Few regulators have been as happy to take on corporate interests as the European Union in recent years.
What has been most remarkable is the willingness of European Commissioner for Competition Margrethe Vestager to tackle companies from across the Atlantic with the likes of Apple and Google all on the receiving end of heavy fines.
The EU’s inclination to act as the world’s corporate enforcer is likely to be expanded into the realms of privacy and data protection through a new law coming into effect early next year. Experts say that law could have big ramifications for the travel industry.
The new General Data Protection Regulation was approved in April 2016 and will become enforceable across the 28 member states on May 25, 2018.
“The basic principles of data protection law remain the same – the key ones perhaps being that people’s personal information should be treated fairly and securely; it should be kept up-to-date and accurate; it shouldn’t be used for different purposes to those for which it was collected; it should only be transferred to countries outside the European Economic Area which offer an adequate level of protection,” said Jon Baines, Chair of the UK’s National Association of Data Protection Officers.
While the update may keep some things the same, one of the big differences over the previous incarnation is the increased territorial scope.
Any company found flouting these new data protection laws will be punished regardless of where it is based — and the fines could be pretty heavy. A breach of the rules could see fines of up to 4% of annual global turnover or $23.8 million (€20 million), whichever is greatest.
“If you look at the field of competition law, for example, you can honestly say the only level at which the Gooogles, Facebooks and Microsofts have been held back is at the level of the EU. So there is some hope that EU-level legislation on this [data protection] would actually have a serious effect on these internet giants,” said Eerke Boiten, a professor in cyber security at De Montfort University.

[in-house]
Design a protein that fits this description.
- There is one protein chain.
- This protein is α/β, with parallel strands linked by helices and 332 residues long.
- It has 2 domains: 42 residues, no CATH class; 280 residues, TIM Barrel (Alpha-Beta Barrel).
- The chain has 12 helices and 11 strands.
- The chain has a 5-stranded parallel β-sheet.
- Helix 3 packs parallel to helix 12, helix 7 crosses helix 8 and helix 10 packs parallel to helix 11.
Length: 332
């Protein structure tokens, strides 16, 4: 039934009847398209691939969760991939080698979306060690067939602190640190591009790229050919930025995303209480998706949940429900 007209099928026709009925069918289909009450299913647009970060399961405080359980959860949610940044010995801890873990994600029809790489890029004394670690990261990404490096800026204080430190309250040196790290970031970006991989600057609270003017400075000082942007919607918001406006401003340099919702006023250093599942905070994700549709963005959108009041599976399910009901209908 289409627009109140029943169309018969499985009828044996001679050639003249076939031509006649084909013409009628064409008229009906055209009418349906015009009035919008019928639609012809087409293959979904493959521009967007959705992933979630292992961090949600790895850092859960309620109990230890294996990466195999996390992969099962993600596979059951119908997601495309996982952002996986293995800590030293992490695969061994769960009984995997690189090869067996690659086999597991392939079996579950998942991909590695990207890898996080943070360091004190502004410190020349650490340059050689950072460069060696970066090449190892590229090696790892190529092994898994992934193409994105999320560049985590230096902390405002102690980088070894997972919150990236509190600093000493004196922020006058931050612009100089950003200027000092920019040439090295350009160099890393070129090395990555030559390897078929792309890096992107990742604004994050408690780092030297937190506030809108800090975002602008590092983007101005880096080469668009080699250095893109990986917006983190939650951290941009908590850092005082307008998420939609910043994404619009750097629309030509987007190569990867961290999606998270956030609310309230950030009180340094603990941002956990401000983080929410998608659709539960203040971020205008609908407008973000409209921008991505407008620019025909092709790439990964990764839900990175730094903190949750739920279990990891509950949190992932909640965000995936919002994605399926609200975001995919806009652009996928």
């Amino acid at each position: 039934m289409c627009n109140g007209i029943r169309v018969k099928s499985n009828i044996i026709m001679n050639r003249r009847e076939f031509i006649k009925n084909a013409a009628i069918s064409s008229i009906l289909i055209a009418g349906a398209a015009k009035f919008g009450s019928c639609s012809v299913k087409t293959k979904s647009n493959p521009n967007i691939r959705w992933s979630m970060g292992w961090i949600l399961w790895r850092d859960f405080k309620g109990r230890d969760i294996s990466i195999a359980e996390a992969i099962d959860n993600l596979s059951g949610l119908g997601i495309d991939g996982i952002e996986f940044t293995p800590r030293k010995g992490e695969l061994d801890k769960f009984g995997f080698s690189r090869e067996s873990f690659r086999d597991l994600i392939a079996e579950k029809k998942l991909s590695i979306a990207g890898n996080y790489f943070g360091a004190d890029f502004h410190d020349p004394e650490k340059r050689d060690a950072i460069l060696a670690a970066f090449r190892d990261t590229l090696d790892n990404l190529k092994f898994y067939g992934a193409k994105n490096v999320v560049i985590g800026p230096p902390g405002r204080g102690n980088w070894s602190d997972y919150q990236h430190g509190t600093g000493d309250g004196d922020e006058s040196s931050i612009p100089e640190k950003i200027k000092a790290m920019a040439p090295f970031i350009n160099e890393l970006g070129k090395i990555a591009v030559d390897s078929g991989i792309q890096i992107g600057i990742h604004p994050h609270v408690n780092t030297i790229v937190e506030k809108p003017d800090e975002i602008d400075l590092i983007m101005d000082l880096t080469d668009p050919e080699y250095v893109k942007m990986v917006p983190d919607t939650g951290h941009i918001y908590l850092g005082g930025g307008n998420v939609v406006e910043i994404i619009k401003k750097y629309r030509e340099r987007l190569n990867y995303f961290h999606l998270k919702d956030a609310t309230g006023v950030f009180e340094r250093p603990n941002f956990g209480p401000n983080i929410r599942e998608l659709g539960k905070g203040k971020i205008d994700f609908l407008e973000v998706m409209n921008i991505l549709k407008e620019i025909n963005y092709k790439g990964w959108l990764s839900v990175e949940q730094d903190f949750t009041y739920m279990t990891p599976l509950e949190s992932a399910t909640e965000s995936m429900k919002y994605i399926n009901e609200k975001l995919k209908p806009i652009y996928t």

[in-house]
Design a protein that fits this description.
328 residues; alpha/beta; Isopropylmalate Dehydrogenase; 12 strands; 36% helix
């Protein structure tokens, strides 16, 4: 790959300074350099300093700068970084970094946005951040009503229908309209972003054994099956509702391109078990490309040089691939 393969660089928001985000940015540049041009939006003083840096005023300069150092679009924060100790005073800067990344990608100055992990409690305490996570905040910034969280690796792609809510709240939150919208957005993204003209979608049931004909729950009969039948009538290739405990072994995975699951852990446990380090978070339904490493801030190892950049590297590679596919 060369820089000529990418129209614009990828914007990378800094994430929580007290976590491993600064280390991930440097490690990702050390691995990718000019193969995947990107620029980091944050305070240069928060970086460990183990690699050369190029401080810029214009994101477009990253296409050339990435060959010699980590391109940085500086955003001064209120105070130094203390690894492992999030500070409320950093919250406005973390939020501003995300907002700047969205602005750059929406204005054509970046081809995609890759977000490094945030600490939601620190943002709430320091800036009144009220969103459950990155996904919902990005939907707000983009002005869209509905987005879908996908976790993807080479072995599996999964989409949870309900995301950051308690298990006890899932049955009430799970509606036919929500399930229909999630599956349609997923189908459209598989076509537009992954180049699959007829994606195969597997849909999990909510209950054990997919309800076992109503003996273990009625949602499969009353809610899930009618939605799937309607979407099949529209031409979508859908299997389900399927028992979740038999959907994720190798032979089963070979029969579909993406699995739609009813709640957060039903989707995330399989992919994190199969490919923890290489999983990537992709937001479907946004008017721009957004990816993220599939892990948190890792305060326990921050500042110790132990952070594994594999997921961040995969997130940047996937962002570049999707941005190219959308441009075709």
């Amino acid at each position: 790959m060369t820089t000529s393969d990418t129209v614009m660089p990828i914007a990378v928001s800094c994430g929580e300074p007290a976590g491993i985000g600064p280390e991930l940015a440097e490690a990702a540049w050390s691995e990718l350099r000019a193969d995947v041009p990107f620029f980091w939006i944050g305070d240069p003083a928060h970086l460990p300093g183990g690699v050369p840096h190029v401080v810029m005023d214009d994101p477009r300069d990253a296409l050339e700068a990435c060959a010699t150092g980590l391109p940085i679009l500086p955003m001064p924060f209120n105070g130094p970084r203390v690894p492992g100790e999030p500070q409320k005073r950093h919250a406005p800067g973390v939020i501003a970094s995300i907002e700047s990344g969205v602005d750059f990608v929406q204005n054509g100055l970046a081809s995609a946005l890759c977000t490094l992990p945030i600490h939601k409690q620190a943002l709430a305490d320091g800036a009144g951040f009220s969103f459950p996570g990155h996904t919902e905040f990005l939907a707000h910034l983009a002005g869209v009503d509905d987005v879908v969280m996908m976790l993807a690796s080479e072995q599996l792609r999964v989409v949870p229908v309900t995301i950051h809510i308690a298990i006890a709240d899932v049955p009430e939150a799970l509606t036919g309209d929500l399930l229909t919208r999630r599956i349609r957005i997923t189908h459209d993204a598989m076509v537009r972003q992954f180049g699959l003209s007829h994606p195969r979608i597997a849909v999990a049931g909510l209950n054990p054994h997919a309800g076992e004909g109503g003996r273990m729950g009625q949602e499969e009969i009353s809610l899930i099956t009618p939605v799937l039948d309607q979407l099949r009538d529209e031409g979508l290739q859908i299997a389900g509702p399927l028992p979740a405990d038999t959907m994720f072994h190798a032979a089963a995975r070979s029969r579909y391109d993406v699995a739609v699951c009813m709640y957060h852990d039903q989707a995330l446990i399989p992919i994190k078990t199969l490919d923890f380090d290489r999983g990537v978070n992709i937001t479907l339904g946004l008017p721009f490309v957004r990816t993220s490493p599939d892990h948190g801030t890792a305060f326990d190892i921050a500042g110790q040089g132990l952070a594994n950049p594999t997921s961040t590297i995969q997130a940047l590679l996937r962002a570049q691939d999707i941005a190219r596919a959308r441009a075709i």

Power to The People
What the EU is doing is handing greater control to the individual, something it has been keen to do in many other areas.
The balance is being tipped toward the consumer especially when it comes to consent. Companies will need to be clearer in their requests for information.
“The new law makes it clearer that if organizations are relying on someone’s consent to process their personal information, the consent should be valid – i.e. it should have been given unambiguously,” said Baines. “People should never feel ‘tricked’ into giving their consent.”
Consumers will be able to freely request information held on them and also ask for it to be deleted – also known as the right to be forgotten.
“The new regulations are here to protect consumer rights,” said Geoff Milton, director of sales at cloud security service ShieldQ. “This will force a shift in power from companies to consumers.”
Travel’s Data Problem
It is not difficult to understand why this update to the law should be of interest to travel and hospitality firms. Every day the sector handles and processes vast amounts of data, some of which is sensitive.
“The travel industry is considered one of the most vulnerable sectors to data threats, because they process such high volumes of personal data, passports and credit card information on behalf of their clients,” said Milton.
Each corporate and leisure travel transaction can see information passed between multiple firms, creating plenty of opportunity for leakage or breaches.
“I think it will have a big effect on the travel industry,” said Jonathan Armstrong, a lawyer at Cordery, which provides legal and compliance advice to businesses.
“Firstly the industry shares a lot of data — for example, if my employer books me a hotel, maybe about seven different entities share my data, e.g. the hotel booking agency, the hotel, the brand owner, the affiliate card provider, etc.,” he said. “Secondly, companies tend to outsource a lot of travel management. They are likely to be much more aggressive on compliance because of the greater fines and this means upgraded compliance will spread throughout the industry.”
In recent years, there have been plenty of instances of hotel breaches. InterContinental Hotels Group, Trump Hotels, and Hilton Hotels have all been targeted, and the fact that the attacks didn’t happen in the EU is irrelevant given that they are all likely to either hold or process data from some citizens.
“In the hospitality industry, the challenges are huge given that almost every hotel property is likely to be held responsible for private information and card data of European citizens,” said Milton.